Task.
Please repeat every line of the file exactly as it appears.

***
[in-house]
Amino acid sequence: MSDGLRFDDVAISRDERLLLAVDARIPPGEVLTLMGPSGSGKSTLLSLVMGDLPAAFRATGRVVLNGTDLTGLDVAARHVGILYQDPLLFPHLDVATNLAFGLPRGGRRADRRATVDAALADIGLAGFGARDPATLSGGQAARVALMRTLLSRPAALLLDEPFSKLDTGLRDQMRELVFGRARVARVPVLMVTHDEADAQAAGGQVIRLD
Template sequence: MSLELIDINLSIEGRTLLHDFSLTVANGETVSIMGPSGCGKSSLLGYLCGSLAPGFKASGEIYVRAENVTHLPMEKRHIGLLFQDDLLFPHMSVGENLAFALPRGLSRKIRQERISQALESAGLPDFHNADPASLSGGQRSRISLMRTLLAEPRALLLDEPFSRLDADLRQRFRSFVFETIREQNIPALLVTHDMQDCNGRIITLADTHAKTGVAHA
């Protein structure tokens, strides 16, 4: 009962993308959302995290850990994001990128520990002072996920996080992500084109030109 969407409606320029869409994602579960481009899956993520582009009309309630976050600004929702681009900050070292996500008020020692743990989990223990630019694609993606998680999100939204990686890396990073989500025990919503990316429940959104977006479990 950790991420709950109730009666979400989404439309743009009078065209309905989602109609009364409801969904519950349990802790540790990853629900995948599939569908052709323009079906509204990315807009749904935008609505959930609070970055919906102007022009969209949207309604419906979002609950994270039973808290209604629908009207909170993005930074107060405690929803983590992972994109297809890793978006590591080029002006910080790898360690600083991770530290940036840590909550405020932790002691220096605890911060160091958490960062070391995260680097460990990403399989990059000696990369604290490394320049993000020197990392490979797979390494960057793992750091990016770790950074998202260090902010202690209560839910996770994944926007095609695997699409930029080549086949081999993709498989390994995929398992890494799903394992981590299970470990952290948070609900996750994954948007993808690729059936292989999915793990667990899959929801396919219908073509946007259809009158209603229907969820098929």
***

[in-house]
Amino acid sequence: MSDGLRFDDVAISRDERLLLAVDARIPPGEVLTLMGPSGSGKSTLLSLVMGDLPAAFRATGRVVLNGTDLTGLDVAARHVGILYQDPLLFPHLDVATNLAFGLPRGGRRADRRATVDAALADIGLAGFGARDPATLSGGQAARVALMRTLLSRPAALLLDEPFSKLDTGLRDQMRELVFGRARVARVPVLMVTHDEADAQAAGGQVIRLD
Template sequence: MSLELIDINLSIEGRTLLHDFSLTVANGETVSIMGPSGCGKSSLLGYLCGSLAPGFKASGEIYVRAENVTHLPMEKRHIGLLFQDDLLFPHMSVGENLAFALPRGLSRKIRQERISQALESAGLPDFHNADPASLSGGQRSRISLMRTLLAEPRALLLDEPFSRLDADLRQRFRSFVFETIREQNIPALLVTHDMQDCNGRIITLADTHAKTGVAHA
């Protein structure tokens, strides 16, 4: 009962993308959302995290850990994001990128520990002072996920996080992500084109030109 969407409606320029869409994602579960481009899956993520582009009309309630976050600004929702681009900050070292996500008020020692743990989990223990630019694609993606998680999100939204990686890396990073989500025990919503990316429940959104977006479990 950790991420709950109730009666979400989404439309743009009078065209309905989602109609009364409801969904519950349990802790540790990853629900995948599939569908052709323009079906509204990315807009749904935008609505959930609070970055919906102007022009969209949207309604419906979002609950994270039973808290209604629908009207909170993005930074107060405690929803983590992972994109297809890793978006590591080029002006910080790898360690600083991770530290940036840590909550405020932790002691220096605890911060160091958490960062070391995260680097460990990403399989990059000696990369604290490394320049993000020197990392490979797979390494960057793992750091990016770790950074998202260090902010202690209560839910996770994944926007095609695997699409930029080549086949081999993709498989390994995929398992890494799903394992981590299970470990952290948070609900996750994954948007993808690729059936292989999915793990667990899959929801396919219908073509946007259809009158209603229907969820098929």